When Joseph Campbell was asked towards the end of his life what the mythology was that people were living by, he responded there was none.
The times were changing too rapidly.
Again today, things are changing fast. One of the trends seems to be the success of co-writing, both in the indie world and in Hollywood.
As the end of this year approaches, a few people have shared with me a sentiment of unease, of uncertainty. I wonder if it is because of the technological whirlwind or just because we’re getting older?
For us creatives, uncertainty can be harrowing. We struggle so hard to fulfil our dreams while juggling to make our lives work along the way. But how is it possible to achieve anything – in screenwriting or in our personal lives – if the world around us keeps changing, often (apparently) for the worse. Then, when we look back it is frustrating to see how little has come true of our optimistic but genuine resolutions. I believe co-writing can help you overcome much of that frustration.
Half-full or half empty?
At some point I stopped evaluating what came true of all the plans I had made at the beginning of the year. Now I just look at what I achieved, and what my friends, clients and students did, too. It’s the glass-half-full approach and you would be surprised how different it feels.
The more I learn about life – and our screenwriting industry – the less I am a man of plans and dreams. I just do what I believe is the right thing right now, and I just enjoy it. Looking back, it feels as if a lot has come to fruition than before, when I was always desperately trying to plan for the future.
Things must be happening, because on a daily basis people point out these achievements. Over the past year, we published the 1,000th post on this blog (thank you Jamie), I sold out both classes of The Story Series and started a new Screenwriting Networking event successfully. Much of that success was thanks to the co-writing right here, on this blog.
We now have nearly 1,700 loglines and over 7,500 comments on Logline It! and I travelled to Sweden to teach. For the first time, I have also been teaching students online. All that while having a great life without a desperate need for holidays. (Well, I did have a marvellous week in Belgium for the first time back in 12 year.)
So, what’s the secret?
While making new year’s resolutions, I work on the big picture of life rather than the smallish individual goals. Early this year I started getting out of bed earlier: 5am in stead of 6.45am. I was inspired by some good friends and it worked – for three months.
Over the course of those months I got an insane amount of work done and even managed to have a more relaxing morning – which my son loved in particular. From April the routine slipped a little but I still get up before six, so instead of beating myself up, I realise it is still nearly an hour earlier than before. That’s an extra six to seven hours every week!
In a couple of days, I’ll be disappearing off the face of the planet for a short while (thank you again, Jamie and Cameron, for holding the fort). Ten days every year around this time I prepare to start the new year as pure and fresh as possible. It’s called Vipassana meditation and it is a literal reboot for the mind. When I come back, I know I will be getting up at 4.30am again. If you are struggling to achieve your dreams, there’s another approach you might try.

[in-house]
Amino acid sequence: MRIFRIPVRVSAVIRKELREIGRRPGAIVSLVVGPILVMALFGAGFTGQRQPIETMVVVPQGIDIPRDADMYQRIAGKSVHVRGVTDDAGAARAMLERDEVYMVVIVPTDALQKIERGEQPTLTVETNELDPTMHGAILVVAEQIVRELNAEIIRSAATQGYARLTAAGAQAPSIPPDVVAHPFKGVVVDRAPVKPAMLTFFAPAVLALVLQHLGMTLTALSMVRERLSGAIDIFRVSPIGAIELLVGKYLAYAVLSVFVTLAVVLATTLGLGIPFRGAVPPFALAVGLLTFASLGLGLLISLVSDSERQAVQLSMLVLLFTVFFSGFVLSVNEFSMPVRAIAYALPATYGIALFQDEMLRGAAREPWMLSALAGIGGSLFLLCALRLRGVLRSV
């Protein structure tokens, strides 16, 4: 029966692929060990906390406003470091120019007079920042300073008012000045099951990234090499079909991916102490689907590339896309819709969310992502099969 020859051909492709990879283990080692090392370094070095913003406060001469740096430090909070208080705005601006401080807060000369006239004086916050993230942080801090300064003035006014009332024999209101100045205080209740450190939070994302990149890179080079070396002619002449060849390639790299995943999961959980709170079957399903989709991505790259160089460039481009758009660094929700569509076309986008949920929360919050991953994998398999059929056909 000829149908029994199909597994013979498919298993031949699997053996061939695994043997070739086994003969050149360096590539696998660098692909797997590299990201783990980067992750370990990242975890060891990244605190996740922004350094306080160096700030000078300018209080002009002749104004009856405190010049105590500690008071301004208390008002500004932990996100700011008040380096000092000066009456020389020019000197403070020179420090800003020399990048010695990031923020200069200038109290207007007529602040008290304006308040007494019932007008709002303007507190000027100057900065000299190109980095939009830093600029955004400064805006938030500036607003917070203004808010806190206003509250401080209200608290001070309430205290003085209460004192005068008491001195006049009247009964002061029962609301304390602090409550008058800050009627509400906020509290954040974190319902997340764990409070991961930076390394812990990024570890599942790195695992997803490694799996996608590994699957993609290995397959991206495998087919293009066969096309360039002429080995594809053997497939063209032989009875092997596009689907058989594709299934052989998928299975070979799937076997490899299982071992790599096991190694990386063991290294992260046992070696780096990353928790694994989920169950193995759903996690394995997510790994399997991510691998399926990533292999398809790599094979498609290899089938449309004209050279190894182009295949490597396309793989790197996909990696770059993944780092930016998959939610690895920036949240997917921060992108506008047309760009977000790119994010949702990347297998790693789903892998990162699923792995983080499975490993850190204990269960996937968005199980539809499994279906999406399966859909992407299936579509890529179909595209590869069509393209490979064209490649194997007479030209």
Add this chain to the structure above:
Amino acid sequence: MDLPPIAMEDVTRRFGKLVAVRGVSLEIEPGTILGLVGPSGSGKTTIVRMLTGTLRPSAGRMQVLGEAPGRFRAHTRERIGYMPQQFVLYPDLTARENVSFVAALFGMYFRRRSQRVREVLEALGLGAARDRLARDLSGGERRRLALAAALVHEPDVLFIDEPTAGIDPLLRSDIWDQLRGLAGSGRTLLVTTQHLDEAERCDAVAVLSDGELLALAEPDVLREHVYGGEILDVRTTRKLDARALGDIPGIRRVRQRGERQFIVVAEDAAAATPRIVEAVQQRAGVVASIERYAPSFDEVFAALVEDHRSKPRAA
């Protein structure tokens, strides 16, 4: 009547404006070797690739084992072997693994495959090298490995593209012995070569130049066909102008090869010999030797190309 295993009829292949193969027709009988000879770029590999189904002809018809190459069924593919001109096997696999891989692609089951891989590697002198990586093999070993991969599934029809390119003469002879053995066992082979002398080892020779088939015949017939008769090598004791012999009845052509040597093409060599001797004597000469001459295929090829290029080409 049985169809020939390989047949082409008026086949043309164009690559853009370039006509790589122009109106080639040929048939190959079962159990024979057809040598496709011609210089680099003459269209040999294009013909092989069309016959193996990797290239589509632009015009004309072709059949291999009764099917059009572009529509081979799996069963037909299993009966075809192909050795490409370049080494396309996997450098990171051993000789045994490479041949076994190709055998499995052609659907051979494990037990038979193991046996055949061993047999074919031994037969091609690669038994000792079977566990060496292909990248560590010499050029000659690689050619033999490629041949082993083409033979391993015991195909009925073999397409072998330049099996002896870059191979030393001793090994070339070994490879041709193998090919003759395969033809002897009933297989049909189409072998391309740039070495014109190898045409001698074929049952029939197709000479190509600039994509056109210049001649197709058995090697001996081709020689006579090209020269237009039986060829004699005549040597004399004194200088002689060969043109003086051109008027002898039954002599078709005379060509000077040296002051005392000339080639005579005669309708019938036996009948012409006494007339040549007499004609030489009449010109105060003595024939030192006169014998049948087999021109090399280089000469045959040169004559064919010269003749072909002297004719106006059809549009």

Co-Writing Is The Secret
One way of dealing with change is creating your own change, pre-emptively. A few months ago I decided to quit drinking alcohol. There was no doctor’s warning or threat of any other kind. I just thought it made sense. Now there’s another change that has only given me benefits. You can do these simple things too; it’s all easier than you think. One may have a bigger impact than the other but living a healthier lifestyle will generally give you a better basis to tackle external change.
Another key to achieving great things while it feels the times are against you, is collaboration. Writers in particular seem to live in the delusion that the act of writing must be a solitary endeavour. Not so. Any relevant work I have ever written was together with others and I know I would have never been able to do it on my own. Co-writing rocks!
Earlier this week nearly eighty screenwriters gathered in Sydney to explore collaborative avenues. At the end of the night some told me they had made some connections that could potentially lead to co-writing arrangements. I think this is a smart way of arming yourself for any change ahead, and battling the competition of those you believe are better writers than you.
Rest asssured that the times will keep changing – and yes you’ll get older, too.
So, what changes are you making in the weeks and months ahead?
Karel Segers wrote his first produced screenplay at age 17. Today he is a story analyst with experience in acquisition, development and production. He has trained students worldwide, and worked with half a dozen Academy Award nominees. Karel speaks more European languages than you have fingers on your left hand, which he is still trying to find a use for in his hometown of Sydney, Australia. The languages, not the fingers.
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